Tuesday, August 21, 2007

Goodbye Package Management

Package management on an appliance is wrong -- plain and simple. The whole concept of an appliance is to have a contained system that has been fully tested and quality assured. When you introduce package management into such a system, you immediately lose the integrity and quality of the system.

Why ? A network-enabled package management system increases the number of variables involved for testing exponentially. A customer running a version of package X and a version of package Y , might decide to upgrade the version of package X, but has some custom application that upgrading package Y will break. This has produced a new type of system, one that has version 1 of package Y, and version 2 of package X. This might seem fairly simple, just create a QA test case for this scenario. Most Linux systems have hundreds of packages, as you start to scale up, you see that its no easy task to actually test each one of these scenarios. The moment you run update with yum, apt-get or conary, you've immediately stepped away from the QA blessed version of the operating system.

The problems however, don't stop there. Package management is making live changes to libraries, and executables on your system. The package management software is essentially, removing and install, or installing over the system. With automated systems such as conary, and systems you could automate like yum / apt-get, you run into a situation where human error is a factor, as is the integrity of the repositories you have to trust. What happens if in a rush to get a security fix out, a package isn't fully tested with the entire system, you grab your automated update, and next minute, your PHP applications stop working. Your only option is to roll back, and rolling back with package management (ask anyone who has used rpm for a few years) is a very hairy situation to be in.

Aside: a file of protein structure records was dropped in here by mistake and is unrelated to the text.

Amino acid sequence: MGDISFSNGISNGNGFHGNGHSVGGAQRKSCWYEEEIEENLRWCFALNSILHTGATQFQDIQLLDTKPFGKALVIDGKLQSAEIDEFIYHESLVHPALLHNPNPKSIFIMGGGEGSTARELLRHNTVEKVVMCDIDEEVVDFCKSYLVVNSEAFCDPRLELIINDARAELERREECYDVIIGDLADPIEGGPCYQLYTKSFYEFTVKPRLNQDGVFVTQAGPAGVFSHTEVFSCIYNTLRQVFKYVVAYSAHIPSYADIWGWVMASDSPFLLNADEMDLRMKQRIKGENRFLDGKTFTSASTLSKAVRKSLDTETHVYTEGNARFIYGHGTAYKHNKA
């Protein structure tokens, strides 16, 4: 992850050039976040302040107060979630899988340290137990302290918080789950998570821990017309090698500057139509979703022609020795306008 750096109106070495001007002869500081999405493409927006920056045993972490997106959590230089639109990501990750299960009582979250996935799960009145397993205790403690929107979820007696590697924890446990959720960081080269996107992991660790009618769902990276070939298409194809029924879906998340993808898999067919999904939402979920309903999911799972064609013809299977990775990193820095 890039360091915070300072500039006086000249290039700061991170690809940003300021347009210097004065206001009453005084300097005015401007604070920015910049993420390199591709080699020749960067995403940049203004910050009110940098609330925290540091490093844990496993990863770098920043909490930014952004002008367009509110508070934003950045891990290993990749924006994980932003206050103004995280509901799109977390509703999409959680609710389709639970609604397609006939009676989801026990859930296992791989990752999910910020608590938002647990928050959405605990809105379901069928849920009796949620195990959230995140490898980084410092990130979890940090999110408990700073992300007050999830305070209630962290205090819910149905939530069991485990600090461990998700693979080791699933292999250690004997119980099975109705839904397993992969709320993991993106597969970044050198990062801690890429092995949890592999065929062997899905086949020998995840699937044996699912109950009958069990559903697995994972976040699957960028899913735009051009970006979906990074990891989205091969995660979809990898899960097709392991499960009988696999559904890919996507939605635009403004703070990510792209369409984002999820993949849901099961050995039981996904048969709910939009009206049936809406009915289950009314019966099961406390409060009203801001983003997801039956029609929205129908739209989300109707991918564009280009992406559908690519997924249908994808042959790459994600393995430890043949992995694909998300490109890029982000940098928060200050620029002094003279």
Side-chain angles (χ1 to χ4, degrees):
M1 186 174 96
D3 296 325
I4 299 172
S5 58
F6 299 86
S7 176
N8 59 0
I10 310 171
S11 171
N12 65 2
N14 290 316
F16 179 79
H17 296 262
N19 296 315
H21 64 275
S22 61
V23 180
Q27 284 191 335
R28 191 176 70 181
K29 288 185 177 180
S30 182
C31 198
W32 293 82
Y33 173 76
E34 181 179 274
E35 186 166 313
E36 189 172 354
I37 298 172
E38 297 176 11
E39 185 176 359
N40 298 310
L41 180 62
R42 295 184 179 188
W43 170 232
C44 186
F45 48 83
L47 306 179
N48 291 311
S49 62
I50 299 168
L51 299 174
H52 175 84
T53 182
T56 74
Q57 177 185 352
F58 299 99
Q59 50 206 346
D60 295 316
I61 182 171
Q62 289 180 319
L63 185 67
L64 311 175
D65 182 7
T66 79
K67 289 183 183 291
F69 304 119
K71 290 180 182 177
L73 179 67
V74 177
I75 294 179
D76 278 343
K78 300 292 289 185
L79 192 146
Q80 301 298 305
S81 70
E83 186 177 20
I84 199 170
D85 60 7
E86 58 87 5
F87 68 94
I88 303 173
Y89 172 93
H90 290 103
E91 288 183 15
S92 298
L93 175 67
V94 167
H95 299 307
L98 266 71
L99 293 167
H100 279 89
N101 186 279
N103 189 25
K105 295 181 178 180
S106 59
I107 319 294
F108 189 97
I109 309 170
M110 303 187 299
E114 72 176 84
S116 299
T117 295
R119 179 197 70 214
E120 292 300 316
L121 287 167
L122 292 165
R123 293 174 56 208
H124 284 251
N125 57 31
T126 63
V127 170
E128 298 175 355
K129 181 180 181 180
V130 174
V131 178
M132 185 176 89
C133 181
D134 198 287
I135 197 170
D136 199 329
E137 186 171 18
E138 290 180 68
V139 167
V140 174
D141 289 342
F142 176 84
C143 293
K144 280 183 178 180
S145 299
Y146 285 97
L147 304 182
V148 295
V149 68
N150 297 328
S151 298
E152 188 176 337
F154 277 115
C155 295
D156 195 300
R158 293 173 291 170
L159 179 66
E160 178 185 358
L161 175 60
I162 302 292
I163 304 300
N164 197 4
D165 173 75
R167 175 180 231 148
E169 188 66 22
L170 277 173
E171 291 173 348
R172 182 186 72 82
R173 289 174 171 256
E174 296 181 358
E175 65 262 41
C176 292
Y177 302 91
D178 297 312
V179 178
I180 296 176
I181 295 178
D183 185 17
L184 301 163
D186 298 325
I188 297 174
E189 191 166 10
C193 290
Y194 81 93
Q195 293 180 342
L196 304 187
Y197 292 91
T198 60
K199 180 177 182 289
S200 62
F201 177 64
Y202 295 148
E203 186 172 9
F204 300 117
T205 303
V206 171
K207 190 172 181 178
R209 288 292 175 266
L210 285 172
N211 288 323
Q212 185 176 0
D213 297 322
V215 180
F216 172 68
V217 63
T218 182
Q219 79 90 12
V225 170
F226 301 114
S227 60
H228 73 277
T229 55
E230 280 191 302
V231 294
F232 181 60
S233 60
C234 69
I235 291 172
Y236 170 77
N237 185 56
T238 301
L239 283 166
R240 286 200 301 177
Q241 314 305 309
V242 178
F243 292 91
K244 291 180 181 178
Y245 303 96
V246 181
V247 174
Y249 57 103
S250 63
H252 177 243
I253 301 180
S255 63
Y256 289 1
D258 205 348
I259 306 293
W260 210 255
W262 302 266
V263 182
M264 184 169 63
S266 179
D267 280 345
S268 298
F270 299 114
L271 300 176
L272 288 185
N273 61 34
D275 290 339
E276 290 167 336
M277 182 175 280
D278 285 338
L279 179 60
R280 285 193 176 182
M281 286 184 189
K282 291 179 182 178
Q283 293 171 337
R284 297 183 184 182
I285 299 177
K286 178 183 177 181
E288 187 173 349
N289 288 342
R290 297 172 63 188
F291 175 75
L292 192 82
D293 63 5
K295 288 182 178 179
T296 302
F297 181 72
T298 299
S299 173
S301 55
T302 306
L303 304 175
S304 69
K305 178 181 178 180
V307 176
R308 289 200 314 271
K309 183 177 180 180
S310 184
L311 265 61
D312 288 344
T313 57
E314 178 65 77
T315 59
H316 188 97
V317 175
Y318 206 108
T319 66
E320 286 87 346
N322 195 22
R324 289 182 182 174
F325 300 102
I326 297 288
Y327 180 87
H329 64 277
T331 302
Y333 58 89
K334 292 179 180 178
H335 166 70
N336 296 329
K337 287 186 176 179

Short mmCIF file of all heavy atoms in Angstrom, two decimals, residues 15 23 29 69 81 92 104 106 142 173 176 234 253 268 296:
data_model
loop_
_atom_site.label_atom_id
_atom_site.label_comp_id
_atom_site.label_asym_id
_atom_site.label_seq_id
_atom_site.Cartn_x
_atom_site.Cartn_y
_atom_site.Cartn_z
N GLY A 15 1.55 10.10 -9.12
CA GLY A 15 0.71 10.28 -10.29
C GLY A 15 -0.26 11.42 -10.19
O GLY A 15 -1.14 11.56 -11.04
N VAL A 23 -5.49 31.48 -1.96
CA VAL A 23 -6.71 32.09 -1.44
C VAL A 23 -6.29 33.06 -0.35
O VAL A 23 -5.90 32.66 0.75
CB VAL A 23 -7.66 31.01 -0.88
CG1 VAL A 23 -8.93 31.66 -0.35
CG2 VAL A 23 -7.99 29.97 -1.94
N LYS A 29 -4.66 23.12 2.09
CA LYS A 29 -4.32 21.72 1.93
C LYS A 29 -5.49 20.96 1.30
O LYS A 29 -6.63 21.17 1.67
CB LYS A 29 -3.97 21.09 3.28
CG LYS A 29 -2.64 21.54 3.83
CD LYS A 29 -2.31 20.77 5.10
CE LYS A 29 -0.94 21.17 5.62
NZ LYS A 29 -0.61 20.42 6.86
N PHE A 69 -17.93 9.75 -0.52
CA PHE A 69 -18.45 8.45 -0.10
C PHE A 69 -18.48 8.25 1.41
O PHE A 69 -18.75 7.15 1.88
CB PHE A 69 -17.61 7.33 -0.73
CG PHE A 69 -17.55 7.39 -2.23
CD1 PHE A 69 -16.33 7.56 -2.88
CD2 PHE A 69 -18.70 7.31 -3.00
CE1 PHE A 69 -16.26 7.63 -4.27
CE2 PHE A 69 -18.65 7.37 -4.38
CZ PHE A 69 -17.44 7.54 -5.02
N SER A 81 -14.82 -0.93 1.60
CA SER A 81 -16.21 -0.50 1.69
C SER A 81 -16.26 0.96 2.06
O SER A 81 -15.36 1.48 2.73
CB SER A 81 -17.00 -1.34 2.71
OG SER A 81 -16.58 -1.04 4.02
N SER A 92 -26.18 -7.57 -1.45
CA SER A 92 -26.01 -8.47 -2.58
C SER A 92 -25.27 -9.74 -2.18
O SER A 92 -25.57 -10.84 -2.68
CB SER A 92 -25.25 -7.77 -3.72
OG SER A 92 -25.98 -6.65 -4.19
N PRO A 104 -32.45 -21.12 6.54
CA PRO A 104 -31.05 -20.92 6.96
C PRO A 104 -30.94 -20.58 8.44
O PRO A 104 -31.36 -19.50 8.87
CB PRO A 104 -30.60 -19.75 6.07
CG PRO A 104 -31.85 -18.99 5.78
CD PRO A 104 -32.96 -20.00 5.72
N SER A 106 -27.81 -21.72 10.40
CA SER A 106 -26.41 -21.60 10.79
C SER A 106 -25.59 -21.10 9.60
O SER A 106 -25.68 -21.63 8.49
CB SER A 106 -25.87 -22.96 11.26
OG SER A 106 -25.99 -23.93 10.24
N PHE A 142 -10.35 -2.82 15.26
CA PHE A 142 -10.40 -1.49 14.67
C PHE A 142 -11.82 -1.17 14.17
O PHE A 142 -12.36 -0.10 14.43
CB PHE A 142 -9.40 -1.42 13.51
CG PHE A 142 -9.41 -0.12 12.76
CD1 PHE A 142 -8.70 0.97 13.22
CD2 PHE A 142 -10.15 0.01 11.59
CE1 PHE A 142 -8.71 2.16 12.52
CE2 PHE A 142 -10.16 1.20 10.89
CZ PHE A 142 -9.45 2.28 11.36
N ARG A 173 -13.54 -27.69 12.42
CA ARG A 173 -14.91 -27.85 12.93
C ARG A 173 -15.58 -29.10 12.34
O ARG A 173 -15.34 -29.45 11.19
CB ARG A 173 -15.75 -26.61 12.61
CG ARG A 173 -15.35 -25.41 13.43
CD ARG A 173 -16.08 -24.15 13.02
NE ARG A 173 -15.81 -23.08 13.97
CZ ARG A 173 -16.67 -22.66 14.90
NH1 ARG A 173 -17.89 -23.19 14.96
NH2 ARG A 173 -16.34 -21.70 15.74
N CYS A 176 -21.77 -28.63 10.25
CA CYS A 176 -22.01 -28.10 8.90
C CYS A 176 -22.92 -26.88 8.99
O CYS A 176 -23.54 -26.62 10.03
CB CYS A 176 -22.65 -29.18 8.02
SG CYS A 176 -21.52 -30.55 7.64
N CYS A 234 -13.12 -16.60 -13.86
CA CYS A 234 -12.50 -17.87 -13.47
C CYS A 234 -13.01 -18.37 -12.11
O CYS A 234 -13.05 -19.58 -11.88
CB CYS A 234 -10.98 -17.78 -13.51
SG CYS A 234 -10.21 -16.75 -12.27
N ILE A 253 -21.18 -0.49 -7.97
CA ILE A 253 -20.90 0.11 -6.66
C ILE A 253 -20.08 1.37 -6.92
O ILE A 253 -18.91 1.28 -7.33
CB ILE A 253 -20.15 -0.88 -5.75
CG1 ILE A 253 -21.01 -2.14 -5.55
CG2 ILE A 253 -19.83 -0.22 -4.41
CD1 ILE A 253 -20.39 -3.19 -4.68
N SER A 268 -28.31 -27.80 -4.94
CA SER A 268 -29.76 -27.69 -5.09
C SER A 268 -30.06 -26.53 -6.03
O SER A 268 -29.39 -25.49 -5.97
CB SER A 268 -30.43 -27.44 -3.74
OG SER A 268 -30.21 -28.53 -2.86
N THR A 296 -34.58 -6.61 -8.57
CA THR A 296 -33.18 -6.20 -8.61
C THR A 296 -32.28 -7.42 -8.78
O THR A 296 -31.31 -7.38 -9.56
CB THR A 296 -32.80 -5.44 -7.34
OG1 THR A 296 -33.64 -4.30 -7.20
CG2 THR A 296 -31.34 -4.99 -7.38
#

What happens if your system is running a third party application, or your own custom application. It might have files open, that the package management system is trying to upgrade, and hence the package update fails unless those applications release the lock on the files in question, such as libraries.

Then of course there is the problem with your configuration. What happens if the system decides to update maybe bind, and this new release of bind may have changed a particular option you are using. Unless the package management system is designed to cater for this scenario, and in testing, we've found none that will do this effectively, your system is rendered unusable without manual intervention.

Package management is perfectly fine for the desktop, if something gets upgraded and it turns out to break your system, while its annoying, its not catastrophic. The same can't be said for the server or the appliance.

While some vendors would like you to think that a package management system is the way to go, its not. The only real advantage to package management on an appliance, is not to make the administration easy, but to make the development easier. In fact, package management adds a new point of failure and adds complexity to administration.

The real benefit is for the developer, yes thats right, the folks who are supposed to know their stuff, that you are entrusting the integrity of your business to, package management dumbs down their tasks for them. You might say, but this whole packaging system has complex configuration, how could it be dumbing things down?

Things are being dumbed down because the developer just needs to use a nice web interface, pick the packages that they need, perhaps add a few packages of their own and suddenly they are pitching to you this "Enterprise Ready" appliance solution. The fact of the matter is, they don't know when they imported openssl, who built it, if it contains patented algorithms, is it exportable and what extra patches it might contain. In some cases they could find that information out, but honestly, when they can click and roll, do you really think they have?

So whats going on here is essentially the "dumbing down" of the developer, the very person(s) who you trust your business to. Package management is bad all around for appliances, and it is far from Enterprise ready. The next time someone tries to tell you Ubuntu Server is Enterprise ready, ask them if Ubuntu has QA'd all the package management combinations, and you'll get a resounding... NO..

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